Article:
- Mixture of sand, silt, and clay
- Near neutral pH
- Water retention
- Naturally fertile
- Easy to work
- Nutrient retention
- Supports microorganisms
- High oxygen levels
Most potting soils used in gardening are loam soils. If you’ve ever worked with potting soil, you’ll know that its composition is rich and diverse, and it looks dark and hearty. Beyond texture and color, the soil should smell rich and alive.
Buying the right soil for an outdoor cannabis grow
For most first-time gardeners, we recommend buying a quality potting soil that will provide your plants with enough nutrients to get them through most of their growth cycle without having to add many amendments. This pre-fertilized soil—often referred to as “super-soil”—that can grow cannabis plants from start to finish without any added nutrients if used correctly.
You can make this yourself by combining worm castings, bat guano, and other components with a good soil and letting it sit for a few weeks, or it can be purchased pre-made from a local nursery or grow shop.
While shopping for soil, you might be overwhelmed by the options available at your local garden store. The soil type is the basic structure of your soil. From there, look at nutrients, microorganisms, and other amendments that improve the soil. Your choices will be flooded with words like:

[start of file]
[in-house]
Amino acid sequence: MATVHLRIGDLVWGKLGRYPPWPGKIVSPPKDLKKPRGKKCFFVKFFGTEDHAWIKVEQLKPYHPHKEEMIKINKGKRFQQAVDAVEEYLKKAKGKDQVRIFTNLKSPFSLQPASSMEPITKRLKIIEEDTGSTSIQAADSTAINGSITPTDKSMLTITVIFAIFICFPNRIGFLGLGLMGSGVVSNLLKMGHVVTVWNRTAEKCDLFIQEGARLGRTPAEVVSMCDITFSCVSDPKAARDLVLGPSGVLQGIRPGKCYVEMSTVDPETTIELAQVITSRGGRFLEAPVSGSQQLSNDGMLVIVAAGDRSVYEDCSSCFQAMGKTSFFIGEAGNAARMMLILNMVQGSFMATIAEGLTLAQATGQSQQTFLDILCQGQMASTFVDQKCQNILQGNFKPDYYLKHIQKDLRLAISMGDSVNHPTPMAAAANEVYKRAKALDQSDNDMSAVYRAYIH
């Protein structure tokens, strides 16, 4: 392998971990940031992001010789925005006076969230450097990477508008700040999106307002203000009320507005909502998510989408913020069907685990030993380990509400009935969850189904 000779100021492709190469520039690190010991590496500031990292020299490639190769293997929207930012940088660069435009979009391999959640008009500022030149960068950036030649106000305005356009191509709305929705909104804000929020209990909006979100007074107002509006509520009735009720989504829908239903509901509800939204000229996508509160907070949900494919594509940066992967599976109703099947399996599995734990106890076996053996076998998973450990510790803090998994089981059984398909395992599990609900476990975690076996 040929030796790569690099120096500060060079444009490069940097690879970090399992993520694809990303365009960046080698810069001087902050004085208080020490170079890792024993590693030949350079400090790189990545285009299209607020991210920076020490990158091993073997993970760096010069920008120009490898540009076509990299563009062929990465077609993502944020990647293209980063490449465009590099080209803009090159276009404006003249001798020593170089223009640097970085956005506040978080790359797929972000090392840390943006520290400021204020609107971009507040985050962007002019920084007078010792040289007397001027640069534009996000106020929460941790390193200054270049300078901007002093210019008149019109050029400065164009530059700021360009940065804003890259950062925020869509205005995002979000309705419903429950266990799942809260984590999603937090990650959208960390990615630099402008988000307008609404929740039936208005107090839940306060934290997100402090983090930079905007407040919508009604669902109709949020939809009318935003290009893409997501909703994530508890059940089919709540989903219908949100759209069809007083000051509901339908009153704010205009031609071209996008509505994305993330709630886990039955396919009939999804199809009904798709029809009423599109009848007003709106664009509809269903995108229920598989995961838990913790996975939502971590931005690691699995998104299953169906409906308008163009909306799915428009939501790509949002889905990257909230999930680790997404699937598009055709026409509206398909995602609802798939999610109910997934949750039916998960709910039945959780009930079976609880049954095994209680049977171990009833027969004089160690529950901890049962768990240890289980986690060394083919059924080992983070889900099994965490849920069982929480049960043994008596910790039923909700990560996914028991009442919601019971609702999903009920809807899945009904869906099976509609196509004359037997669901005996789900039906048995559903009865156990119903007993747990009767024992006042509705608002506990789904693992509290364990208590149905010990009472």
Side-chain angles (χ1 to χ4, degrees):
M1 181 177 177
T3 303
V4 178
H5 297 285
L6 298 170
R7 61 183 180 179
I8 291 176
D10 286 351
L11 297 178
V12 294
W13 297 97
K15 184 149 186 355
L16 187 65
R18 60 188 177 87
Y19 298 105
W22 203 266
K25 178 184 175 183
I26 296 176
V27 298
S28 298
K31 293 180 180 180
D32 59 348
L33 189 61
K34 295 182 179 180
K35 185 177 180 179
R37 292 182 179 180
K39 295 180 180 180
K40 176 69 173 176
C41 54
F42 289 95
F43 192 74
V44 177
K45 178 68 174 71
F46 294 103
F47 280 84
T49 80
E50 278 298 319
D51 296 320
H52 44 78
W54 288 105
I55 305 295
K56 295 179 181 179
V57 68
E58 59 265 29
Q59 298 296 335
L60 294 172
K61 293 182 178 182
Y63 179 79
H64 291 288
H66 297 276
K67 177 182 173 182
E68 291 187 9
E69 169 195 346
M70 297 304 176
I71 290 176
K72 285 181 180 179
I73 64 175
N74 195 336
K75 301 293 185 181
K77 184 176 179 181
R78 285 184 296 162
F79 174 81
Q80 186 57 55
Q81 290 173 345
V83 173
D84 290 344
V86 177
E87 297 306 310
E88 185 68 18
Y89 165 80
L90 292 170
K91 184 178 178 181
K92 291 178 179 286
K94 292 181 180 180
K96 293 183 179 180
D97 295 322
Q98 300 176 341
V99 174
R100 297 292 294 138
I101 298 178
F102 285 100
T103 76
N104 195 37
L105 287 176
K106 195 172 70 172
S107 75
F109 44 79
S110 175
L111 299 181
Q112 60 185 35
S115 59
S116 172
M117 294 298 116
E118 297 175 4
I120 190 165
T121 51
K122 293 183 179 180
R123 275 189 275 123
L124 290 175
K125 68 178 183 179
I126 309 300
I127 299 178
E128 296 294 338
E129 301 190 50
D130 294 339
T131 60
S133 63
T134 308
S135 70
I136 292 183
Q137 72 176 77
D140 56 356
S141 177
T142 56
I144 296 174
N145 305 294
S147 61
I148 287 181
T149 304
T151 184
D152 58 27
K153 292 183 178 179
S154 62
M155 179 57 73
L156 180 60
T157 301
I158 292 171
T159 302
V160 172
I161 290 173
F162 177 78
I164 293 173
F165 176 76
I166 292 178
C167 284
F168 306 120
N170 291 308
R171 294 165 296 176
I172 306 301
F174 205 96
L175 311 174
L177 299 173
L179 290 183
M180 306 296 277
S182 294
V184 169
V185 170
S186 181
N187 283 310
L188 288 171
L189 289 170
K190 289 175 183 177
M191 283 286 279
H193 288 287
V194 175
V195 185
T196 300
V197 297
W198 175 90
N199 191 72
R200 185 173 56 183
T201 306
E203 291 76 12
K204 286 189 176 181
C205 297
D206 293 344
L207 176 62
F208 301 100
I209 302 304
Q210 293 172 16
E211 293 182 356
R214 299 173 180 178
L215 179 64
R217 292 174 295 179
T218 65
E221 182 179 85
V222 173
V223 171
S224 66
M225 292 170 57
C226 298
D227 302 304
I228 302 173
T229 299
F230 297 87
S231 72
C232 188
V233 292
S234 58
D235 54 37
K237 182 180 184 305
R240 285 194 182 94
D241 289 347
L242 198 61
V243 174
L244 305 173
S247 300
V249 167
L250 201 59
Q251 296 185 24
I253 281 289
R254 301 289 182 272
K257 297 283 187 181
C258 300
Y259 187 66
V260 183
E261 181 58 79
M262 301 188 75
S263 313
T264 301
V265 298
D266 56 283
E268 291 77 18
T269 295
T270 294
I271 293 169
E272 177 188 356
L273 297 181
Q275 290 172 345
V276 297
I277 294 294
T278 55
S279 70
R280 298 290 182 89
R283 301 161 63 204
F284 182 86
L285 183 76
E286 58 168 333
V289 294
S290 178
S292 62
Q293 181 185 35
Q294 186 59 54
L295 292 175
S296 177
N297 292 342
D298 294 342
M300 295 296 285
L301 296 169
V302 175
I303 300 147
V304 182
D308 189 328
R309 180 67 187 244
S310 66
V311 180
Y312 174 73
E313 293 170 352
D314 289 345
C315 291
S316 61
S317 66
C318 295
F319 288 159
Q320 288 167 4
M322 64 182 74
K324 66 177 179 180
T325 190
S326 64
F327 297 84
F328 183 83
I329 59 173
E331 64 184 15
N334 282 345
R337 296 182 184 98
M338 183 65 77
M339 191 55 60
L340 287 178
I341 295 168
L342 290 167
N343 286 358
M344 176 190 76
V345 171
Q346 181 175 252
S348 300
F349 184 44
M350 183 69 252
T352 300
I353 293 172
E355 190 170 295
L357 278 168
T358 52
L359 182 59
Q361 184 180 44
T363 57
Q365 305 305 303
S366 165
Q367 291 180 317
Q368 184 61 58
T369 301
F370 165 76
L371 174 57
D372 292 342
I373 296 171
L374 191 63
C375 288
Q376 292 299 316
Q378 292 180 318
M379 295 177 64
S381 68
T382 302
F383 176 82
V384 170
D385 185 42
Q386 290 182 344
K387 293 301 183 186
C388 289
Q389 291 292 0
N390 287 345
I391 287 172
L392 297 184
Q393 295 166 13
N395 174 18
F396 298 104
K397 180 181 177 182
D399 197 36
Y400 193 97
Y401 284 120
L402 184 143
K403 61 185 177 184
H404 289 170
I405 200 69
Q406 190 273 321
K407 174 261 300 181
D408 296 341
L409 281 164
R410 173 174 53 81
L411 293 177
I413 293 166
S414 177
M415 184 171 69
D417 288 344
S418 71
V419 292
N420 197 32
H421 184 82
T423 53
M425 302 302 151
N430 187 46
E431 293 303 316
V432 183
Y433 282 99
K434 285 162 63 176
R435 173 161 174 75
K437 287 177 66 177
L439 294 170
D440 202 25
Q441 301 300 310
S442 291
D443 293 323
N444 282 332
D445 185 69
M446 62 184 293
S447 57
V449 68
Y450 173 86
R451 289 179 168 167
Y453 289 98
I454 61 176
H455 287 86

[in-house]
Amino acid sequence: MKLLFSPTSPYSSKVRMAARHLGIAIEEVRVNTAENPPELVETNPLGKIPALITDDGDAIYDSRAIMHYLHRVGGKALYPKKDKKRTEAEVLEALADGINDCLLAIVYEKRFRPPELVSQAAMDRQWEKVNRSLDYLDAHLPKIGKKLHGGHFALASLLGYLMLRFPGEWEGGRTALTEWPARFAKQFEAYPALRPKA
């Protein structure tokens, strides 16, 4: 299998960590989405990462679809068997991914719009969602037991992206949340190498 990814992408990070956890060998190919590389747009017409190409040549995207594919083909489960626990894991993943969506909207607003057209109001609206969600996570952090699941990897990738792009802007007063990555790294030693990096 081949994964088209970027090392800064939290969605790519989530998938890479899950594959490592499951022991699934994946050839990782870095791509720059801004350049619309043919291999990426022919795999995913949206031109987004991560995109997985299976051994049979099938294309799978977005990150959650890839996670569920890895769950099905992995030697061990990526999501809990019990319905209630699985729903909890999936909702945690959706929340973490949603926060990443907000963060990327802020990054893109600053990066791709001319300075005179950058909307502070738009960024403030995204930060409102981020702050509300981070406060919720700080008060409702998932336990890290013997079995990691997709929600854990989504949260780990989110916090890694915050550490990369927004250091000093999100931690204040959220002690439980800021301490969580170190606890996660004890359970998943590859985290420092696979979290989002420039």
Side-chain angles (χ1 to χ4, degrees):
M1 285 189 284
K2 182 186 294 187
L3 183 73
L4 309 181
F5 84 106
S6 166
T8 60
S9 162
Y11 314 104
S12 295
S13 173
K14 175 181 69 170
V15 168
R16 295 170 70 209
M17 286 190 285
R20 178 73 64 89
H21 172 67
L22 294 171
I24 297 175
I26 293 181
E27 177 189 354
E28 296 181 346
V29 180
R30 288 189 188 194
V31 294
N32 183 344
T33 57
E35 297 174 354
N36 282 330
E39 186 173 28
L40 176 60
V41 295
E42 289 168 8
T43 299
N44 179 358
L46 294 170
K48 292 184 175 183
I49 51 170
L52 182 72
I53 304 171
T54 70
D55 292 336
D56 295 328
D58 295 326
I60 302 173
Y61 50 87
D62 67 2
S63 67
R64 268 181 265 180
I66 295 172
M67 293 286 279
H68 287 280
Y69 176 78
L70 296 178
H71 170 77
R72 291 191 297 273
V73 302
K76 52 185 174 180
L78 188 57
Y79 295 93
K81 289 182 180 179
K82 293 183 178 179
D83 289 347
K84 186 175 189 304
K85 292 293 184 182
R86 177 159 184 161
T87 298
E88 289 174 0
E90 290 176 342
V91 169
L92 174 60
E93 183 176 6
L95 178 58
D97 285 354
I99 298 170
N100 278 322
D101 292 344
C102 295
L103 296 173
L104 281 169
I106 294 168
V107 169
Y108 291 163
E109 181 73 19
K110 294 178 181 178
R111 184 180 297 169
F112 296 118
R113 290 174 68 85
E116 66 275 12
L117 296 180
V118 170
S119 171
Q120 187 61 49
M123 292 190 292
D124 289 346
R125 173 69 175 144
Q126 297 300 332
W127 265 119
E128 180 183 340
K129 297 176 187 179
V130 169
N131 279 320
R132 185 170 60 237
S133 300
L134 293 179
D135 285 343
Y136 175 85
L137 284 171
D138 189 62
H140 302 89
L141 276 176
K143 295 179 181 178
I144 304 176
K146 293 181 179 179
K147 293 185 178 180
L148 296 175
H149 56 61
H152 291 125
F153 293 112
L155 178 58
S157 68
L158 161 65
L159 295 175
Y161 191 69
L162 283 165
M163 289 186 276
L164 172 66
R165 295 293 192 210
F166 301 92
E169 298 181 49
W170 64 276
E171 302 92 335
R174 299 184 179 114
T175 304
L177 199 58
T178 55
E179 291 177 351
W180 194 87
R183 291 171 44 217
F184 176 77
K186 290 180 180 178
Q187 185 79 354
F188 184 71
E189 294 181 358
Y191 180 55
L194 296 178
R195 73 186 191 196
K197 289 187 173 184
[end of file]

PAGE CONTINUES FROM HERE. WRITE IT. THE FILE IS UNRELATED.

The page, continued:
- Worm castings
- Bat guano
- Peat moss
- Fish meal
- Bone meal
- Glacier rock dust
- Plant food
These are just some examples of amendments commonly used in different types of soils. Heavily amended soils will have long lists that break down all organic nutrients they contain. Some companies create soils that offer a great structure with base nutrients, but allow you to fill in the gaps as you desire.
You may need to put all of your plants in containers if you don’t have great soil. Also, if you’re unable to perform the heavy labor needed to dig holes and amend soil, containers may be the only way for you to grow your own cannabis outdoors.
If you don’t have a suitable patch of earth to make a garden, containers can be placed on decks, patios, rooftops, and many other spots. If needed, you can move them around during the day to take advantage of the sun or to shield them from excessive heat or wind.
However, plants grown in pots, buckets, or barrels will likely be smaller than those planted in the ground because their root growth is restricted to the size of the container. In a broad sense, the size of the pot will determine the size of the plant, although it’s possible to grow large plants in small containers if proper techniques are used.
What size pot do I need?
In general, 5-gallon pots are a good size for small-to-medium outdoor plants, and 10-gallon pots or larger are recommended for big plants. Regardless of size, you’ll want to protect the roots of your plants from overheating during warm weather, as pots can quickly get hot in direct sunlight. This will severely limit the growth of your plants, so be sure to shade your containers when the sun is high in the sky.
Fertilizers and nutrients for outdoor soil
Cannabis plants require a large amount of nutrients over their life cycle, mainly in the form of nitrogen, phosphorus, and potassium. How much you need to add to your plants will depend on the composition of your soil.